Tiago Eler: Besides the pandemic-generated direct impact, one additional consequence was a demographic shift caused by people moving to less populated areas and Brazil’s rapidly aging population. Health services will need to be less focused on urban centers and more focused on the ailments of older patients.
The public sector continues to have funding challenges that affect the quality of care. Since 2015, most of the capital for hospitals has come from foreign investments. And there are many inefficiencies, generally, investors pick trendy sectors, rather than taking an overview of where investments would be most profitable.
How has the market cycle in 2022?
Eduardo Abreu: It was relatively stable until a few years ago; but with the pandemic, the sector suddenly became more competitive and volatile. The good news is that health plan customers tend to want to stay with the private sector once they have switched from the public health system. The demand has exploded since 2020 because the public sector is struggling to cope with backlogs from the Covid pandemic.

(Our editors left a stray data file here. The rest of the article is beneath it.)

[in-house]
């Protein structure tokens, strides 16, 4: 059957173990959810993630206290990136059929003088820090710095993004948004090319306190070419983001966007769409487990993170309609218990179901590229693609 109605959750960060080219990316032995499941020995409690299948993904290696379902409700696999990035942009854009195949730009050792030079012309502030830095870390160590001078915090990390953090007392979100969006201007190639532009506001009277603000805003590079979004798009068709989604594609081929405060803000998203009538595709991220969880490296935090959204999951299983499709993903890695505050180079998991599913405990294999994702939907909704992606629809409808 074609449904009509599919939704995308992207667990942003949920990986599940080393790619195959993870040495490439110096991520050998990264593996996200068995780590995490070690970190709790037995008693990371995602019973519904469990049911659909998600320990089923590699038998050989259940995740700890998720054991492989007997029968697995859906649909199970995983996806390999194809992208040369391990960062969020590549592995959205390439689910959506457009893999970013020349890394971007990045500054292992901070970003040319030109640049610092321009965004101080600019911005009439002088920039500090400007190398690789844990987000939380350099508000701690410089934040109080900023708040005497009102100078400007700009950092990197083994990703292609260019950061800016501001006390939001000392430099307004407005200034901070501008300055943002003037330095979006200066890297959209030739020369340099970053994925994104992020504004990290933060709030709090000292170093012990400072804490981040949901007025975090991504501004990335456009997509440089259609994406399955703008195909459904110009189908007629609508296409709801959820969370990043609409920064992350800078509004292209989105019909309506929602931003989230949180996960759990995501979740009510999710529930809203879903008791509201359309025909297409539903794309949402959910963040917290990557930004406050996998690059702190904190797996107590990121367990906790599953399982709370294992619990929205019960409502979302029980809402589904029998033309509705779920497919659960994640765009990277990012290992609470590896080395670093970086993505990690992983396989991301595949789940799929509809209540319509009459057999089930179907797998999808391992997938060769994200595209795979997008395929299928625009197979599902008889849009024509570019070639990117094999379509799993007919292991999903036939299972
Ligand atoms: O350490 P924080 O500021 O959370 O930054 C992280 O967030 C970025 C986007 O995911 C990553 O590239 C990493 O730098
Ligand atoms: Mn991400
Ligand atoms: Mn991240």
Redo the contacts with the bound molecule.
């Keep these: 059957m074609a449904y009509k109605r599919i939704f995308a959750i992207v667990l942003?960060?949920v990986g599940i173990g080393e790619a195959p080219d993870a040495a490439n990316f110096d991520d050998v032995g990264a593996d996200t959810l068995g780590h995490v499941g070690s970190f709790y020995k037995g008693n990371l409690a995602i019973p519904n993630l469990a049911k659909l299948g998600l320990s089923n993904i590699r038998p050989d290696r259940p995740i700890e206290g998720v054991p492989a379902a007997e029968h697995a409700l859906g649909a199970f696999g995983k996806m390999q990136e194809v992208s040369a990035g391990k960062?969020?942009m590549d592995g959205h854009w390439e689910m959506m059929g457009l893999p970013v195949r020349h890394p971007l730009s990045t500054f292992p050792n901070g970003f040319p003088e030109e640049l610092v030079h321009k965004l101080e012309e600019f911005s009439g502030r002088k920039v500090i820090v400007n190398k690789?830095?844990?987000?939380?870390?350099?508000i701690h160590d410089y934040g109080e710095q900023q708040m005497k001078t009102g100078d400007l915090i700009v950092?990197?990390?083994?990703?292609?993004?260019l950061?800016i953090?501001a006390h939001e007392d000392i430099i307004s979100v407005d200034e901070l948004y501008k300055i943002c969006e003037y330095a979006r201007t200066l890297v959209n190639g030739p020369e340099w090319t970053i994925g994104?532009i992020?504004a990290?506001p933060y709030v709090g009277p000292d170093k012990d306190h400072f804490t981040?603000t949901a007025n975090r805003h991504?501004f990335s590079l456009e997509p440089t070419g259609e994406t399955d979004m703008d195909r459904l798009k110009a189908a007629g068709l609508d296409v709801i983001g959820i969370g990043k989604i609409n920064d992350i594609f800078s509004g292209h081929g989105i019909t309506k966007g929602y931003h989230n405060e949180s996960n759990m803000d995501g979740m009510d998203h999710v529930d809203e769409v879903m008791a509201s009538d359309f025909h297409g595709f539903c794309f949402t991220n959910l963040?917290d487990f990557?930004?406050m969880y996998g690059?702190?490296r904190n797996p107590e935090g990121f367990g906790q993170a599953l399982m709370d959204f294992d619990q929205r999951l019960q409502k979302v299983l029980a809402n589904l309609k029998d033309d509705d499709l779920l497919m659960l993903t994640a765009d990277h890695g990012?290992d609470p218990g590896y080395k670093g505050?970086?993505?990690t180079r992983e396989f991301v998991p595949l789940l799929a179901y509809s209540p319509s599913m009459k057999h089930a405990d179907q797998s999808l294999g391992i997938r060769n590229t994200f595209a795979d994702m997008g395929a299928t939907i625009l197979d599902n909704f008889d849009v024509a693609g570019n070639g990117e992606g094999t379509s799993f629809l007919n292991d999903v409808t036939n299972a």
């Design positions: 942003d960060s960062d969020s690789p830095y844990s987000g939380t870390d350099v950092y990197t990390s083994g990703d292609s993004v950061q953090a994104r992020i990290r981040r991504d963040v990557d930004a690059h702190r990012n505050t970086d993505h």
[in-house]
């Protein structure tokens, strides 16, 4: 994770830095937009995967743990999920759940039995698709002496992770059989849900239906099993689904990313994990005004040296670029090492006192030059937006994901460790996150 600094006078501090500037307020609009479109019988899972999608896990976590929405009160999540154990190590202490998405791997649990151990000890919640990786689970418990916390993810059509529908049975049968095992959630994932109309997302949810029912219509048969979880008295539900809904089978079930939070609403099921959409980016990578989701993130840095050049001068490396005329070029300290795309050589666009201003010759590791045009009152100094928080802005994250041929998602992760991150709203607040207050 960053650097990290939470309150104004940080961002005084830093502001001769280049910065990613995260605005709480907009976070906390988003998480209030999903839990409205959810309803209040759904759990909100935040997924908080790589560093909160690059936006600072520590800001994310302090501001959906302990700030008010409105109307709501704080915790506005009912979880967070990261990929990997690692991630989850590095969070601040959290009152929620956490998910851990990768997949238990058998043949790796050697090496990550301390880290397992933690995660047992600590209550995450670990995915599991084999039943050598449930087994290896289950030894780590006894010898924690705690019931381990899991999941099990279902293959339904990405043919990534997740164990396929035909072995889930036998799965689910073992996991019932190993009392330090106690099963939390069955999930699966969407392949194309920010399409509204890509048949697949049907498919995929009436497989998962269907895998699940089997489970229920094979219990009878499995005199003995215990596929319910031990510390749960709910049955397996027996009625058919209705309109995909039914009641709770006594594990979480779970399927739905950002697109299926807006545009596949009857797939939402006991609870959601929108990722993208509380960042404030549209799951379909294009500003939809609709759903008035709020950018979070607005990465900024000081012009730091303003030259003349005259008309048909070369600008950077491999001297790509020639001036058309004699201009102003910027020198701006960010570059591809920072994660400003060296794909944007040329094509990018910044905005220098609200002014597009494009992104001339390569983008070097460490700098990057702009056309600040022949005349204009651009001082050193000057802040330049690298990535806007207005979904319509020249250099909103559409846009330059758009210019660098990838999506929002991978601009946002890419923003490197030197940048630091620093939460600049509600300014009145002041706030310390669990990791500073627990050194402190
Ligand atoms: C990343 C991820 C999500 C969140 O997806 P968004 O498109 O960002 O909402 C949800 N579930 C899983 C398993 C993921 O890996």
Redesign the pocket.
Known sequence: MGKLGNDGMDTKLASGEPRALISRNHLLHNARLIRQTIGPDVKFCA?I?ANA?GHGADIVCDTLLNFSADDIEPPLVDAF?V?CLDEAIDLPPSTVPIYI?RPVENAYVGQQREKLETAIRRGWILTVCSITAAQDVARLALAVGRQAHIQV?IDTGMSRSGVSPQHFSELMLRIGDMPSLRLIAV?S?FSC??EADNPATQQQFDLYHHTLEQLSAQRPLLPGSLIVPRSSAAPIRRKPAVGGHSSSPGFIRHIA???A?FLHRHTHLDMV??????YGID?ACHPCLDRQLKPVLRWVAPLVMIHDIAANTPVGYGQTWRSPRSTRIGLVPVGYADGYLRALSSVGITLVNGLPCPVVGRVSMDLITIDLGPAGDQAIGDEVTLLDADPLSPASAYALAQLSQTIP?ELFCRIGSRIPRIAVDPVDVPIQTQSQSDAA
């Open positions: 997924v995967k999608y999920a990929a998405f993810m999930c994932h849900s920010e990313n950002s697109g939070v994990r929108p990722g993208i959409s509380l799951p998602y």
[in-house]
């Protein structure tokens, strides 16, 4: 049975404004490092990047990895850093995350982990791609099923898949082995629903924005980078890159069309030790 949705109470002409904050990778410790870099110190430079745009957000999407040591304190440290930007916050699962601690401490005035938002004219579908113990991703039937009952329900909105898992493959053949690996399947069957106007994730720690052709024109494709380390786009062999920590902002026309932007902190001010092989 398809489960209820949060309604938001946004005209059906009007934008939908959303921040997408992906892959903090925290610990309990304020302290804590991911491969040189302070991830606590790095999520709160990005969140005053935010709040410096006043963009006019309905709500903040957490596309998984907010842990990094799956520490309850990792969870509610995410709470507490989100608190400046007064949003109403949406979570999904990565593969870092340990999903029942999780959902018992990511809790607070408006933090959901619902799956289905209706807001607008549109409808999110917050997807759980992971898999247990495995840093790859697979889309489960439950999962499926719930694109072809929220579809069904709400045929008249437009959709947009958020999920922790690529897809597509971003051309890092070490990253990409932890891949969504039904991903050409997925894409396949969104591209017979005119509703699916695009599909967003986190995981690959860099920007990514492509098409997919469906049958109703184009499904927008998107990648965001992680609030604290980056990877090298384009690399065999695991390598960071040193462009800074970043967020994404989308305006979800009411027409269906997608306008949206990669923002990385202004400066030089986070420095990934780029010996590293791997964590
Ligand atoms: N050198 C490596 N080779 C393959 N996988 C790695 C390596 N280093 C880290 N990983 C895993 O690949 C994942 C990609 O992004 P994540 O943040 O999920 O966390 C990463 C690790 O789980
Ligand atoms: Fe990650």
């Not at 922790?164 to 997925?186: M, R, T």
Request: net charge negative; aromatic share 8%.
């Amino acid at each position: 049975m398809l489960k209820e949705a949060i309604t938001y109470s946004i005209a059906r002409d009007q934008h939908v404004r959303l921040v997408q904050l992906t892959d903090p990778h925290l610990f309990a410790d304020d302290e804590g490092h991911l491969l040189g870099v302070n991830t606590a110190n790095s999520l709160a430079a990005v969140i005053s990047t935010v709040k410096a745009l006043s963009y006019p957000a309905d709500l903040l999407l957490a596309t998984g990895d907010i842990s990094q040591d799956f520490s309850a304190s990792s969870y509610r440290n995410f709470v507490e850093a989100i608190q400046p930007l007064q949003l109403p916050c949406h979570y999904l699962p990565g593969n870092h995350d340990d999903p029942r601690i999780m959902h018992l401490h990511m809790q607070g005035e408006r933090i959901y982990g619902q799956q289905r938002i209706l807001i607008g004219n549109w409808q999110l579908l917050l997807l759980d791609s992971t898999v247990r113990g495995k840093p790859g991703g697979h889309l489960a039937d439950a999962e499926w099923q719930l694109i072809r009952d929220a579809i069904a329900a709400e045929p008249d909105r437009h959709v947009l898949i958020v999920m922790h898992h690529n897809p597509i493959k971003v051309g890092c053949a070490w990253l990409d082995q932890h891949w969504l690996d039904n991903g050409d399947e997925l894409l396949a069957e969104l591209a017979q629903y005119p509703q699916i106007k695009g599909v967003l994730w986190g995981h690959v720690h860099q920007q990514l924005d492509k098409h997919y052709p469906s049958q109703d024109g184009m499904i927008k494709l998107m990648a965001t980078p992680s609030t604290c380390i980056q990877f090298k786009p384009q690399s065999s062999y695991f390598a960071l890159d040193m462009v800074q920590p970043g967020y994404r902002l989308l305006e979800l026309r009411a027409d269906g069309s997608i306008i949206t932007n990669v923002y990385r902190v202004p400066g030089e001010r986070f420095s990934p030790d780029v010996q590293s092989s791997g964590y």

There are also new regulatory changes, such as the Nursing Bill, which President Barroso suspended, so we still don’t know if or when it might be enacted. This uncertainty is disrupting the market. We live through a time of instability, with investors’ and dealmakers’ euphoria alternating with discouragement.
What about technology trends?
Edoardo Freschet: 2021 was a record year, and retailers were stretched, with capitalized funds investing insanely. There is no doubt that the pace of investment has slowed in 2022, and capital is more selective, perhaps because of what happened in the US, where growth initially exceeded predictions but fell short of the revised forecasts. Investor interest is still extremely high.